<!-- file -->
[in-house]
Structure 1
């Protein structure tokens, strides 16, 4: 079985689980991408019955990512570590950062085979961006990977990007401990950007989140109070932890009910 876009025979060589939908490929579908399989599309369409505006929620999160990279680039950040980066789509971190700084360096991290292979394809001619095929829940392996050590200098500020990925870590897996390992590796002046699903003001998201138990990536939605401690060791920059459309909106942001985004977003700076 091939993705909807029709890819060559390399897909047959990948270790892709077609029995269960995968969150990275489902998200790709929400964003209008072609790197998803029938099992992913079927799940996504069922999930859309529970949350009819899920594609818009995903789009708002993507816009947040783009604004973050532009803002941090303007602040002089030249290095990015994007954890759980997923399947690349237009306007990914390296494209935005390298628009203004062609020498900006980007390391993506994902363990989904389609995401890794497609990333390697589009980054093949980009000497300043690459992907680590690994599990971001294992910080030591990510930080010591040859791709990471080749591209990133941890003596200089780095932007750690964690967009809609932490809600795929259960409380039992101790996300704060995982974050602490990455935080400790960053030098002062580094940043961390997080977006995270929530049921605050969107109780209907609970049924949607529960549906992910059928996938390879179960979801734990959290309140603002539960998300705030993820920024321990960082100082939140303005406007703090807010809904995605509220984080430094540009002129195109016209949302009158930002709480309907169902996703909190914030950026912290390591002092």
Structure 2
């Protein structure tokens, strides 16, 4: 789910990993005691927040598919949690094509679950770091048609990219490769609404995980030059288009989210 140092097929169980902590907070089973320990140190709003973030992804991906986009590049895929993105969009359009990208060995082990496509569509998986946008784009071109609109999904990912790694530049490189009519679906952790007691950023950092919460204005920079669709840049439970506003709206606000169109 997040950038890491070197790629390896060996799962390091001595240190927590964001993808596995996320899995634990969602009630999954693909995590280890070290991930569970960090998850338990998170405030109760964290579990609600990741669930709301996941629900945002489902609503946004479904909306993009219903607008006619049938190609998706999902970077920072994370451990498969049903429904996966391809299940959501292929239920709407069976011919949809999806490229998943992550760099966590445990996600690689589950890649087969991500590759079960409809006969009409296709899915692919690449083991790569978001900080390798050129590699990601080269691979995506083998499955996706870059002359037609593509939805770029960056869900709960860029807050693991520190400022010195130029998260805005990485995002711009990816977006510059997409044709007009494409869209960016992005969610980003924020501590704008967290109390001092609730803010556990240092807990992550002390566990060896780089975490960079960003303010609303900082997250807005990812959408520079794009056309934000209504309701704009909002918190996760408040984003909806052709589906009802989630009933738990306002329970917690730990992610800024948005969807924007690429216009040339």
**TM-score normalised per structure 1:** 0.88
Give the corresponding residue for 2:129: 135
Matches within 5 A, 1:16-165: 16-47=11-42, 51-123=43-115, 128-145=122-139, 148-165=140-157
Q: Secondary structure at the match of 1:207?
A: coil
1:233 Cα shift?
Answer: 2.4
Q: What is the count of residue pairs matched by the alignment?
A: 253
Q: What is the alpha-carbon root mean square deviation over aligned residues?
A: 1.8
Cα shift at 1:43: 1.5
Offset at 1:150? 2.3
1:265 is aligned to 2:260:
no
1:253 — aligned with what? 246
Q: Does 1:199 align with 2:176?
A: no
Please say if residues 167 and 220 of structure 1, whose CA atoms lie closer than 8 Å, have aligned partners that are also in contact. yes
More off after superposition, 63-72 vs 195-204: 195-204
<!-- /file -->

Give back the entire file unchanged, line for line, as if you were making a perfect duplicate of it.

[in-house]
Structure 1
């Protein structure tokens, strides 16, 4: 079985689980991408019955990512570590950062085979961006990977990007401990950007989140109070932890009910 876009025979060589939908490929579908399989599309369409505006929620999160990279680039950040980066789509971190700084360096991290292979394809001619095929829940392996050590200098500020990925870590897996390992590796002046699903003001998201138990990536939605401690060791920059459309909106942001985004977003700076 091939993705909807029709890819060559390399897909047959990948270790892709077609029995269960995968969150990275489902998200790709929400964003209008072609790197998803029938099992992913079927799940996504069922999930859309529970949350009819899920594609818009995903789009708002993507816009947040783009604004973050532009803002941090303007602040002089030249290095990015994007954890759980997923399947690349237009306007990914390296494209935005390298628009203004062609020498900006980007390391993506994902363990989904389609995401890794497609990333390697589009980054093949980009000497300043690459992907680590690994599990971001294992910080030591990510930080010591040859791709990471080749591209990133941890003596200089780095932007750690964690967009809609932490809600795929259960409380039992101790996300704060995982974050602490990455935080400790960053030098002062580094940043961390997080977006995270929530049921605050969107109780209907609970049924949607529960549906992910059928996938390879179960979801734990959290309140603002539960998300705030993820920024321990960082100082939140303005406007703090807010809904995605509220984080430094540009002129195109016209949302009158930002709480309907169902996703909190914030950026912290390591002092």
Structure 2
């Protein structure tokens, strides 16, 4: 789910990993005691927040598919949690094509679950770091048609990219490769609404995980030059288009989210 140092097929169980902590907070089973320990140190709003973030992804991906986009590049895929993105969009359009990208060995082990496509569509998986946008784009071109609109999904990912790694530049490189009519679906952790007691950023950092919460204005920079669709840049439970506003709206606000169109 997040950038890491070197790629390896060996799962390091001595240190927590964001993808596995996320899995634990969602009630999954693909995590280890070290991930569970960090998850338990998170405030109760964290579990609600990741669930709301996941629900945002489902609503946004479904909306993009219903607008006619049938190609998706999902970077920072994370451990498969049903429904996966391809299940959501292929239920709407069976011919949809999806490229998943992550760099966590445990996600690689589950890649087969991500590759079960409809006969009409296709899915692919690449083991790569978001900080390798050129590699990601080269691979995506083998499955996706870059002359037609593509939805770029960056869900709960860029807050693991520190400022010195130029998260805005990485995002711009990816977006510059997409044709007009494409869209960016992005969610980003924020501590704008967290109390001092609730803010556990240092807990992550002390566990060896780089975490960079960003303010609303900082997250807005990812959408520079794009056309934000209504309701704009909002918190996760408040984003909806052709589906009802989630009933738990306002329970917690730990992610800024948005969807924007690429216009040339």
**TM-score normalised per structure 1:** 0.88
Give the corresponding residue for 2:129: 135
Matches within 5 A, 1:16-165: 16-47=11-42, 51-123=43-115, 128-145=122-139, 148-165=140-157
Q: Secondary structure at the match of 1:207?
A: coil
1:233 Cα shift?
Answer: 2.4
Q: What is the count of residue pairs matched by the alignment?
A: 253
Q: What is the alpha-carbon root mean square deviation over aligned residues?
A: 1.8
Cα shift at 1:43: 1.5
Offset at 1:150? 2.3
1:265 is aligned to 2:260:
no
1:253 — aligned with what? 246
Q: Does 1:199 align with 2:176?
A: no
Please say if residues 167 and 220 of structure 1, whose CA atoms lie closer than 8 Å, have aligned partners that are also in contact. yes
More off after superposition, 63-72 vs 195-204: 195-204